Printers have been a discussion on this board for years. What I have posted in the past is that my experience with HP versus Epson, is that the HP inks will run if they get wet whereas Epson inks hold up without damage when wet. I must qualify this with the fact that my test was done several years ago so hopefully HP has come out with new inks that will not run when exposed to water. You can't go wrong if you get an Epson. The downsize is that they do use alot of ink but for me it is worth the investment. Good luck. You will love love the wide format printers.
joyfullycrafting Offline
#10 Posted : Friday, October 04, 2013 9:11:16 AM(UTC)
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I currently use an HP photo printer that we have had for quite a long time. We are really happy with the way it prints, but I have never tried the water test.

How expensive is the paper for your Epson? And is it hard to find?

I use Photoshop Elements for all of my digital scrapping, so I am thinking it would probably be compatible with almost all printers since it is such a common software program.
grammasue Offline
#11 Posted : Friday, October 04, 2013 10:06:20 AM(UTC)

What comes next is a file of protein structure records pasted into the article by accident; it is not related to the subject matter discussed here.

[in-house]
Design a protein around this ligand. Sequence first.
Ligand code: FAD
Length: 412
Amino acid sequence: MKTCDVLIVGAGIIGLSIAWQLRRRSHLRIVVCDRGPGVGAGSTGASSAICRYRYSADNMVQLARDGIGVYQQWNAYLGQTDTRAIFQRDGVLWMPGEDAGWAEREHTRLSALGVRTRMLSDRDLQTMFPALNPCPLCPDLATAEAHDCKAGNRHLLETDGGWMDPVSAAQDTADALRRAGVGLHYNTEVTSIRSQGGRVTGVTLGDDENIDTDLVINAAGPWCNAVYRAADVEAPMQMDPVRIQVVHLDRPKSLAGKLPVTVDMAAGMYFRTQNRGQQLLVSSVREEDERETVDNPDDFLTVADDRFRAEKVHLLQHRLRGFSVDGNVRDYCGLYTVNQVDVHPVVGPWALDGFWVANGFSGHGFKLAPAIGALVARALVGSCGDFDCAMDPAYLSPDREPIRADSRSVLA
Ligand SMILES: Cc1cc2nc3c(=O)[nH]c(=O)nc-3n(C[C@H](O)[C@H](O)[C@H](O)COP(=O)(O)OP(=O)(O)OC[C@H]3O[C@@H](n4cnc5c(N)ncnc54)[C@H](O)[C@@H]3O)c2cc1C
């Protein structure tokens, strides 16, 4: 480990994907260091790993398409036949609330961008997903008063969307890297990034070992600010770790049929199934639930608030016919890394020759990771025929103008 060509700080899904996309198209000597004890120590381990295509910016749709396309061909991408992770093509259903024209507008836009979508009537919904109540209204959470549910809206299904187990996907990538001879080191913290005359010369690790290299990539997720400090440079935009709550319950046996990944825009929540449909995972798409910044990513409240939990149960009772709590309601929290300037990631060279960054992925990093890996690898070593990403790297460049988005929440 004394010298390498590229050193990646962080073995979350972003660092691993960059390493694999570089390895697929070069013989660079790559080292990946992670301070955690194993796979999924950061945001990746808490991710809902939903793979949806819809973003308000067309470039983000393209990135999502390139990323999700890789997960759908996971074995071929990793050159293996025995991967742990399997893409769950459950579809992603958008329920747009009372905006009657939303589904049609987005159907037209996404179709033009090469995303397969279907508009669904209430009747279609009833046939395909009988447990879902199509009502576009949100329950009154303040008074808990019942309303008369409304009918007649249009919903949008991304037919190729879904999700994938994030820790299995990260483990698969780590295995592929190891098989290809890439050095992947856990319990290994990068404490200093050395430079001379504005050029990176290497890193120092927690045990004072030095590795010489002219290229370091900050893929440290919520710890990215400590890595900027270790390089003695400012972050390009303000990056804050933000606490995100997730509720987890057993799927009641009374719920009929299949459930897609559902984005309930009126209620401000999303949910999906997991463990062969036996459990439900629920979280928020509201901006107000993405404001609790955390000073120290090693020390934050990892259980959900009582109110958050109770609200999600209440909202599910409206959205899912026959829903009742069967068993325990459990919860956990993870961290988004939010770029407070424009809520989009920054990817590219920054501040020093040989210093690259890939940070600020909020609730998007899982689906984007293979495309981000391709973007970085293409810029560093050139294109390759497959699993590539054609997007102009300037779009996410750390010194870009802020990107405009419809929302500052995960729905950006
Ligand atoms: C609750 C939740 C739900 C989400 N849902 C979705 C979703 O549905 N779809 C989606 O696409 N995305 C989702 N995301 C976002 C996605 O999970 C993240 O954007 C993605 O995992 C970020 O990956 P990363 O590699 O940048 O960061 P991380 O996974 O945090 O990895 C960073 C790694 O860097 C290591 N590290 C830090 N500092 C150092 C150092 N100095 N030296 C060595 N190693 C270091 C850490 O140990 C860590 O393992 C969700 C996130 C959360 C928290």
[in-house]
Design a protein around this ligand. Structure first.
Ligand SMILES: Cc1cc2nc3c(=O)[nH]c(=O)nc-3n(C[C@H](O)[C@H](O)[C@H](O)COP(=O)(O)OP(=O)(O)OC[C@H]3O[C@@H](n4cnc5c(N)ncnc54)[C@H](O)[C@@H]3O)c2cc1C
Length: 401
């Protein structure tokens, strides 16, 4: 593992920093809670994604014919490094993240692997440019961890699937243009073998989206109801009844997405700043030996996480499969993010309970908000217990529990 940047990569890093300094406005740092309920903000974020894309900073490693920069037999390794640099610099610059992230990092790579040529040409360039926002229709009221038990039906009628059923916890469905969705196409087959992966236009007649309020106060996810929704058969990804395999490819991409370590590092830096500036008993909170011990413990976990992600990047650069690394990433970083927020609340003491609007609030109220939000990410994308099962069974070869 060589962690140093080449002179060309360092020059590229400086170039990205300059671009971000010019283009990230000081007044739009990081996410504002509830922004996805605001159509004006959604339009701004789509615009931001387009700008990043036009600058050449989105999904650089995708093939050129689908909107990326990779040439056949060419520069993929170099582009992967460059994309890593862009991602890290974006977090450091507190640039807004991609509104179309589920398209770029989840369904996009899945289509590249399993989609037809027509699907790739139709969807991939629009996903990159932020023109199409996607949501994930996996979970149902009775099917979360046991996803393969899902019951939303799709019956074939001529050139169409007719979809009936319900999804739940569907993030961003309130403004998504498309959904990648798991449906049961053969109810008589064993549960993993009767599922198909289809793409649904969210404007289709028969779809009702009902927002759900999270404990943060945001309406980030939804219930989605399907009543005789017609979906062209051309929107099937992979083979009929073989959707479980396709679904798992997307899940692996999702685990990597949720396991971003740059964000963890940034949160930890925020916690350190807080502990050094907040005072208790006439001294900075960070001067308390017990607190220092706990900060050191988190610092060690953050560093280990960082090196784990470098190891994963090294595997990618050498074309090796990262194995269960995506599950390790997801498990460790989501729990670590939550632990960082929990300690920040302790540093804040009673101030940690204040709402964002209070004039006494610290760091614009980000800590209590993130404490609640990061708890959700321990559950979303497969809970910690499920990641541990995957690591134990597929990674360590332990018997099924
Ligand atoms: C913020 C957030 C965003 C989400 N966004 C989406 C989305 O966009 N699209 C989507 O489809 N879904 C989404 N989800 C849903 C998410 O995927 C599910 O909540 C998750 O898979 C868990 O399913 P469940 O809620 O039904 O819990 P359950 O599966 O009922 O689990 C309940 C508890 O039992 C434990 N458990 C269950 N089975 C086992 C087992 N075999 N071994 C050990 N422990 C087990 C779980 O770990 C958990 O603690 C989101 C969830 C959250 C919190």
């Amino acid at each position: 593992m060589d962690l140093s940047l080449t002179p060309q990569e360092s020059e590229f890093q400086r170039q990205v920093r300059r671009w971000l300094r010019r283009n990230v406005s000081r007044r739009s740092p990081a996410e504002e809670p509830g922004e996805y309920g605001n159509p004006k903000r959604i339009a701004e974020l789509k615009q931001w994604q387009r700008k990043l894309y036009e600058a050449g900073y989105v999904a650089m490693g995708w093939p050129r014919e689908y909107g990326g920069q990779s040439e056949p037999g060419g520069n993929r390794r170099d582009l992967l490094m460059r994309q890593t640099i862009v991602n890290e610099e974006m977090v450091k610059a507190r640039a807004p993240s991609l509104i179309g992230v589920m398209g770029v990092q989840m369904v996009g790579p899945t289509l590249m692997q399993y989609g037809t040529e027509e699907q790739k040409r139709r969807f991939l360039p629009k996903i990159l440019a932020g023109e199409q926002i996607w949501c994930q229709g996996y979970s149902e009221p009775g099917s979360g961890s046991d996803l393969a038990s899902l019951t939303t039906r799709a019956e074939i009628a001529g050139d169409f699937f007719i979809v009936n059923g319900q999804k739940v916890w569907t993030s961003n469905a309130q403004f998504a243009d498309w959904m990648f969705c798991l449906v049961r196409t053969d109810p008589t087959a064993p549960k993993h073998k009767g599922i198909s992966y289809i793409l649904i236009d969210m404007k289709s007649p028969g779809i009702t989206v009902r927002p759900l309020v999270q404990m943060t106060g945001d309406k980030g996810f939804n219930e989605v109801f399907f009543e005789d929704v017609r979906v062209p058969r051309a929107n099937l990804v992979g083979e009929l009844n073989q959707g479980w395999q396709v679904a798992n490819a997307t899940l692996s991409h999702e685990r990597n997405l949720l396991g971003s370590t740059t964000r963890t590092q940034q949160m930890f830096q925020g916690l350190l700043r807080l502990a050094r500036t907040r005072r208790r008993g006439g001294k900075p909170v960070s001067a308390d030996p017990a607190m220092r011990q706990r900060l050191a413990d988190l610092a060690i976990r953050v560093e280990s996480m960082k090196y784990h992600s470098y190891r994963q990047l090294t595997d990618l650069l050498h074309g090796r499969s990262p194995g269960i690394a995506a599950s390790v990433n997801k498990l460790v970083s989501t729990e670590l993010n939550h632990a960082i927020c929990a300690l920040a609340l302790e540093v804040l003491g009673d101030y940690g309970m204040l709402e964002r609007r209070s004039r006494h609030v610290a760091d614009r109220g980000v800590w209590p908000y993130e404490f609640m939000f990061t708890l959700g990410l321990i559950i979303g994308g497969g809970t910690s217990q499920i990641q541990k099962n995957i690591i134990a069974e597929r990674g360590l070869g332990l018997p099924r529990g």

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Originally Posted by: joyfullycrafting Go to Quoted Post
I currently use an HP photo printer that we have had for quite a long time. We are really happy with the way it prints, but I have never tried the water test.

How expensive is the paper for your Epson? And is it hard to find?

I use Photoshop Elements for all of my digital scrapping, so I am thinking it would probably be compatible with almost all printers since it is such a common software program.


You are probably right about Photoshop. I do so much resizing, cropping and adding name tags on the actual photos so not sure if Photo Shop has that capability. The other big issue for me is that I have completed over 4000 scrapbook pages that are stored on my computer using my old Pagemaker software which is not a huge problem as they are all printed and in photo albums. However once in awhile I go back to retrieve some for additional copies. I mainly worry about the existing prints getting ruined or albums lost and family wanting or needing to go back and print them. I have backups of all in my fire proof safe. I know, I know technology is going to outdate me in the near future. I am just hanging on for nowBigGrin

The photo quality paper is expensive no matter what type of printer you have. Where I save is buying off the internet during sales and free shipping offers and using the 13x19 paper to get the most pictures for the buck and for printing one sided background pages. I use alot of our family photos with a scenic background to print as my background paper and then add additional pictures and narrative to the page. I also get alot of background pictures off the internet. As an example, I just got an areial view of the town where my grandson is going to college to use as a background. My thought process was that he would get a kick out of showing his kids where he went to college. Most of my supplies come from ATLEX.com who have 1-2 day delivery without additional charge.